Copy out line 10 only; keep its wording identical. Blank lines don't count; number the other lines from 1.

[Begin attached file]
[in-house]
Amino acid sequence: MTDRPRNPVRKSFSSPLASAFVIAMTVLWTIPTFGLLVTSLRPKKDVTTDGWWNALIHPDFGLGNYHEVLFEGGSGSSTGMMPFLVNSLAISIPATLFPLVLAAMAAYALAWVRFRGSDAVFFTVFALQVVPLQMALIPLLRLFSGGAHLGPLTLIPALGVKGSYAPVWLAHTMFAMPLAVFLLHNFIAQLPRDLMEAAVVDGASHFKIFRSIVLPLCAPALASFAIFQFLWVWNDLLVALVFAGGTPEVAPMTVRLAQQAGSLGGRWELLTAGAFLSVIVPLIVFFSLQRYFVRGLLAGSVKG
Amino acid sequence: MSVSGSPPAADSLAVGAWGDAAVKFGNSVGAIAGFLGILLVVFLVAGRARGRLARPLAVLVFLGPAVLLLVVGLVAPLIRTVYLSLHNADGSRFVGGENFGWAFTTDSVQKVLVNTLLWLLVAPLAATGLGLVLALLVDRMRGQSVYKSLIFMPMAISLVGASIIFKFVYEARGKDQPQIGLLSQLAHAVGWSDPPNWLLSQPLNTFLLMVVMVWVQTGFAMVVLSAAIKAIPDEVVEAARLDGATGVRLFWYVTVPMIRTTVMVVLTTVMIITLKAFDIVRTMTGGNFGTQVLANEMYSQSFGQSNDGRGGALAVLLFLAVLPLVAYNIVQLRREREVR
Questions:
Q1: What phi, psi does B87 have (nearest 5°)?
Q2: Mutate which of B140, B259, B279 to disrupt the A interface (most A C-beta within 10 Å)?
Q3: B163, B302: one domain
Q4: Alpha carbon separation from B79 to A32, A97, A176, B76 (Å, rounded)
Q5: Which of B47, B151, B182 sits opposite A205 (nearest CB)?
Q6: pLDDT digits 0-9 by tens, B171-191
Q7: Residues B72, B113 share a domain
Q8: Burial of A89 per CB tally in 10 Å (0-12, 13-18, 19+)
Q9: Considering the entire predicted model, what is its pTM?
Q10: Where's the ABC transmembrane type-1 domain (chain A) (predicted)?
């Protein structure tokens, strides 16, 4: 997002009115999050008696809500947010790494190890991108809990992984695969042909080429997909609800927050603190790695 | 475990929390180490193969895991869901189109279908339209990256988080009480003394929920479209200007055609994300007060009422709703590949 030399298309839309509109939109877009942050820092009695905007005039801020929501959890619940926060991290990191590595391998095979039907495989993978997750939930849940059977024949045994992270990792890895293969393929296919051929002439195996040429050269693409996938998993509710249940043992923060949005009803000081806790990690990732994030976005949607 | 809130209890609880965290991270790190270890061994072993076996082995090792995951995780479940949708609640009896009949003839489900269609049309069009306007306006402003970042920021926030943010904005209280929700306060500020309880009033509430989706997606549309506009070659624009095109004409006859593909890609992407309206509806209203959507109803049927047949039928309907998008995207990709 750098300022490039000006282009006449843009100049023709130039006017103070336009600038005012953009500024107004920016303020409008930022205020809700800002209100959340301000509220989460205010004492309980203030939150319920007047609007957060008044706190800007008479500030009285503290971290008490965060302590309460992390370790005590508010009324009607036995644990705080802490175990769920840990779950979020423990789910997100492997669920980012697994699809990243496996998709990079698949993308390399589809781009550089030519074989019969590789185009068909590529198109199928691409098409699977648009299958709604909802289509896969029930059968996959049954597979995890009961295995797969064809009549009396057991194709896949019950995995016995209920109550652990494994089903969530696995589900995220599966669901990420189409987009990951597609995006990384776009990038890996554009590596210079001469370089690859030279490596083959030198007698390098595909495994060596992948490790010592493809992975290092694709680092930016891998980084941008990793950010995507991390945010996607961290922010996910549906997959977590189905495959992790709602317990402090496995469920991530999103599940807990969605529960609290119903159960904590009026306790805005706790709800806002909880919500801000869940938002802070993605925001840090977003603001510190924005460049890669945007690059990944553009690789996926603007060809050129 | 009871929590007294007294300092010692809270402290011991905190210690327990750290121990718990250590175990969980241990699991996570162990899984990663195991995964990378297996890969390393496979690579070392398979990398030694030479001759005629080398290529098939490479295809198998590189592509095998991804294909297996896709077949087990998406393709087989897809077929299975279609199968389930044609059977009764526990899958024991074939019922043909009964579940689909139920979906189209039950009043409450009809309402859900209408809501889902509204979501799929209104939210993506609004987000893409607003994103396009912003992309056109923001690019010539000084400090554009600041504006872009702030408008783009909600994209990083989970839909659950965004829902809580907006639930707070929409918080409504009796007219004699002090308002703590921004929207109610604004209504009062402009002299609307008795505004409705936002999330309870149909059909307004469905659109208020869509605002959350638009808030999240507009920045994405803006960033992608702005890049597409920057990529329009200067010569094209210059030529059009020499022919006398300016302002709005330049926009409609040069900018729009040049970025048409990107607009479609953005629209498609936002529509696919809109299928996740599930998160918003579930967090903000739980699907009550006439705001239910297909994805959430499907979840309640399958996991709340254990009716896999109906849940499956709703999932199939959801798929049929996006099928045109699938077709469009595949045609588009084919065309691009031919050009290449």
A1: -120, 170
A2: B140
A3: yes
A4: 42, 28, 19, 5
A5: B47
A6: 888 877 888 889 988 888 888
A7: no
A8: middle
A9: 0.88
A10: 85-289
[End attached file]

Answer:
Q6: pLDDT digits 0-9 by tens, B171-191